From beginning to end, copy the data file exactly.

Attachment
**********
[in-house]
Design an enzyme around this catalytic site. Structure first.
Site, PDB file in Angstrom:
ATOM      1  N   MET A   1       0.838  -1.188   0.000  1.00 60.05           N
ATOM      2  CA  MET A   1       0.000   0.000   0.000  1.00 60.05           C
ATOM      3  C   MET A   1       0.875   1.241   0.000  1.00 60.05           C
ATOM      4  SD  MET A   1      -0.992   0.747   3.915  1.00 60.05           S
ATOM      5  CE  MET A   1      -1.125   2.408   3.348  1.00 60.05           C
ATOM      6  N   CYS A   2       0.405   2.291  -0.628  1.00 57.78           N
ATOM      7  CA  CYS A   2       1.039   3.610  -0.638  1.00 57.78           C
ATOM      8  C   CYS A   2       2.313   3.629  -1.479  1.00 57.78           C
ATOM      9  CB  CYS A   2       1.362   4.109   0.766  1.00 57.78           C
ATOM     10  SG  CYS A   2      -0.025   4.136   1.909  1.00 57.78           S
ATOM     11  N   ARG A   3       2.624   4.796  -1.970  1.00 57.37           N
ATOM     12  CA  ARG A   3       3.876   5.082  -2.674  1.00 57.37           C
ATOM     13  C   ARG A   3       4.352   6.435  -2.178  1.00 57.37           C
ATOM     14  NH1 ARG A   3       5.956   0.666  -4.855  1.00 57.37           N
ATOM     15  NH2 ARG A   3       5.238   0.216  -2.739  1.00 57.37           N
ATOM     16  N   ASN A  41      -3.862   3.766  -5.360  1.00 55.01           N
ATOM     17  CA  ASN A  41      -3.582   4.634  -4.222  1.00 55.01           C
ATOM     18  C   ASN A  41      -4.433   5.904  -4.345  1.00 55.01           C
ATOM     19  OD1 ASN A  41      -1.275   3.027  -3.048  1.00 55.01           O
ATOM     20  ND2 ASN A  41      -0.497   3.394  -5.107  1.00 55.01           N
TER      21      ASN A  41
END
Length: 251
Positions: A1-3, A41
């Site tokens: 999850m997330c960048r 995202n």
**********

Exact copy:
[in-house]
Design an enzyme around this catalytic site. Structure first.
Site, PDB file in Angstrom:
ATOM      1  N   MET A   1       0.838  -1.188   0.000  1.00 60.05           N
ATOM      2  CA  MET A   1       0.000   0.000   0.000  1.00 60.05           C
ATOM      3  C   MET A   1       0.875   1.241   0.000  1.00 60.05           C
ATOM      4  SD  MET A   1      -0.992   0.747   3.915  1.00 60.05           S
ATOM      5  CE  MET A   1      -1.125   2.408   3.348  1.00 60.05           C
ATOM      6  N   CYS A   2       0.405   2.291  -0.628  1.00 57.78           N
ATOM      7  CA  CYS A   2       1.039   3.610  -0.638  1.00 57.78           C
ATOM      8  C   CYS A   2       2.313   3.629  -1.479  1.00 57.78           C
ATOM      9  CB  CYS A   2       1.362   4.109   0.766  1.00 57.78           C
ATOM     10  SG  CYS A   2      -0.025   4.136   1.909  1.00 57.78           S
ATOM     11  N   ARG A   3       2.624   4.796  -1.970  1.00 57.37           N
ATOM     12  CA  ARG A   3       3.876   5.082  -2.674  1.00 57.37           C
ATOM     13  C   ARG A   3       4.352   6.435  -2.178  1.00 57.37           C
ATOM     14  NH1 ARG A   3       5.956   0.666  -4.855  1.00 57.37           N
ATOM     15  NH2 ARG A   3       5.238   0.216  -2.739  1.00 57.37           N
ATOM     16  N   ASN A  41      -3.862   3.766  -5.360  1.00 55.01           N
ATOM     17  CA  ASN A  41      -3.582   4.634  -4.222  1.00 55.01           C
ATOM     18  C   ASN A  41      -4.433   5.904  -4.345  1.00 55.01           C
ATOM     19  OD1 ASN A  41      -1.275   3.027  -3.048  1.00 55.01           O
ATOM     20  ND2 ASN A  41      -0.497   3.394  -5.107  1.00 55.01           N
TER      21      ASN A  41
END
Length: 251
Positions: A1-3, A41
């Site tokens: 999850m997330c960048r 995202n």